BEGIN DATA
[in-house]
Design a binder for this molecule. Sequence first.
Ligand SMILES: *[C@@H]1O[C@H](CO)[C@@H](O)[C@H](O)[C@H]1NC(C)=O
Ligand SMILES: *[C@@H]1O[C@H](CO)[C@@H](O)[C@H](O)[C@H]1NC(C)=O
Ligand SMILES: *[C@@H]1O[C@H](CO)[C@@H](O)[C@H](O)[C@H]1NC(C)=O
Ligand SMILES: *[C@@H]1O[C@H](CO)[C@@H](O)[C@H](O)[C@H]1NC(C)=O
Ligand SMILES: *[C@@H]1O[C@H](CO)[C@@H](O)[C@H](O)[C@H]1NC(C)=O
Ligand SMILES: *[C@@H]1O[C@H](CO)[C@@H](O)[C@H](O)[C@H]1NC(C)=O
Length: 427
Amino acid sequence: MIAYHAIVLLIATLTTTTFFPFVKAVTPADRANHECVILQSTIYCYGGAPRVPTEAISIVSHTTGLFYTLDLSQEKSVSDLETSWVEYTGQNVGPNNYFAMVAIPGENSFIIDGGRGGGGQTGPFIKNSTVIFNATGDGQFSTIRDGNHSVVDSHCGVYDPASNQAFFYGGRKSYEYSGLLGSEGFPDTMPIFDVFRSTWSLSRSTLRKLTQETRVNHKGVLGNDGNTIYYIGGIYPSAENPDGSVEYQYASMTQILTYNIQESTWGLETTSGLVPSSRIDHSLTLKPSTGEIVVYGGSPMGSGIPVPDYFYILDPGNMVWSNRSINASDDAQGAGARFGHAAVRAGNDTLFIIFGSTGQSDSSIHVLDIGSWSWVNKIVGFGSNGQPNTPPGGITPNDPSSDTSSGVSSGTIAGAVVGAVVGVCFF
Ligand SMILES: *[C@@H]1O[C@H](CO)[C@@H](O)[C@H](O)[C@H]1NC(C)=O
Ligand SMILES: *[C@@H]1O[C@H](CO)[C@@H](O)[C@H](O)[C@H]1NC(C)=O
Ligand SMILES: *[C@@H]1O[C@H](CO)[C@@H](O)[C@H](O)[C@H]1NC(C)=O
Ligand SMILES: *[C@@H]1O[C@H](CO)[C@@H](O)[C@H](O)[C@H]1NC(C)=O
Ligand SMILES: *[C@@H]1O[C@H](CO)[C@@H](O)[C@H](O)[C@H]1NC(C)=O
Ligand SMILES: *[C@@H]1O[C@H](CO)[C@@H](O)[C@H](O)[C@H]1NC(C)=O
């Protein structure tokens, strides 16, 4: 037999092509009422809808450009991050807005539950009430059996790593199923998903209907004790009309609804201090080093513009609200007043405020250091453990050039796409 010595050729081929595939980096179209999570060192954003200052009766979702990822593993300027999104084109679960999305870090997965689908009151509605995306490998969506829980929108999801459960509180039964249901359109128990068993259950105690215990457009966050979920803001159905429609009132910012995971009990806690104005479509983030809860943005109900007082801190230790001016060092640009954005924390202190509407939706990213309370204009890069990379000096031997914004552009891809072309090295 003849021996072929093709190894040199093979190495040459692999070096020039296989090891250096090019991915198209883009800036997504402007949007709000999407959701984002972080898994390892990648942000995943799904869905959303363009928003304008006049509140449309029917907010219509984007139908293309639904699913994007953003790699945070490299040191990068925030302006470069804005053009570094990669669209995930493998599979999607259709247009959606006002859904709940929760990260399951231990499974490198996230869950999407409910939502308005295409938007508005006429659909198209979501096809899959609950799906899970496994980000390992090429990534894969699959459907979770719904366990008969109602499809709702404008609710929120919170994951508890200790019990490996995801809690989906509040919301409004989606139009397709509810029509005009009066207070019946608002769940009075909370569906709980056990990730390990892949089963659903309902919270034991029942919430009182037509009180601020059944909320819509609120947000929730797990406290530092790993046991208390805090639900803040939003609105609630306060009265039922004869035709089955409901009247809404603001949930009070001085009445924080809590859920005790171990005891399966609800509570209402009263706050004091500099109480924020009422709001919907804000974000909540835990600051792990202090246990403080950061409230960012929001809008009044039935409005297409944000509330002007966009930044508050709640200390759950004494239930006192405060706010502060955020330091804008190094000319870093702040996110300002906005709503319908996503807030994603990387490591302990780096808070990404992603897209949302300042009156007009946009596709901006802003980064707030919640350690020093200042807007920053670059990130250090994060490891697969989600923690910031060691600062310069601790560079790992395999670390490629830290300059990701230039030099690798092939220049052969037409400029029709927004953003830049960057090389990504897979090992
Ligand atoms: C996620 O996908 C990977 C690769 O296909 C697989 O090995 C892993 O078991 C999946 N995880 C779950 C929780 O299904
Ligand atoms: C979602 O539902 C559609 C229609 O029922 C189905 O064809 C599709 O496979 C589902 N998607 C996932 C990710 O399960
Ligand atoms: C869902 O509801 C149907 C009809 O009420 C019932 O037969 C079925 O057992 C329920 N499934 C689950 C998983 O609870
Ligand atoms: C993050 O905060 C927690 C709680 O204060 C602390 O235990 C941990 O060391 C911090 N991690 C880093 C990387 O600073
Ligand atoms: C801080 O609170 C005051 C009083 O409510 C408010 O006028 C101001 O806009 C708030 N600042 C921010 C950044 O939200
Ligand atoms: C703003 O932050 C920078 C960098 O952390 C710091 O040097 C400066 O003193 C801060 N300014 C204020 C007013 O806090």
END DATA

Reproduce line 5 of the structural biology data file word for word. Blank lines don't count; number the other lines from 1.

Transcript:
Ligand SMILES: *[C@@H]1O[C@H](CO)[C@@H](O)[C@H](O)[C@H]1NC(C)=O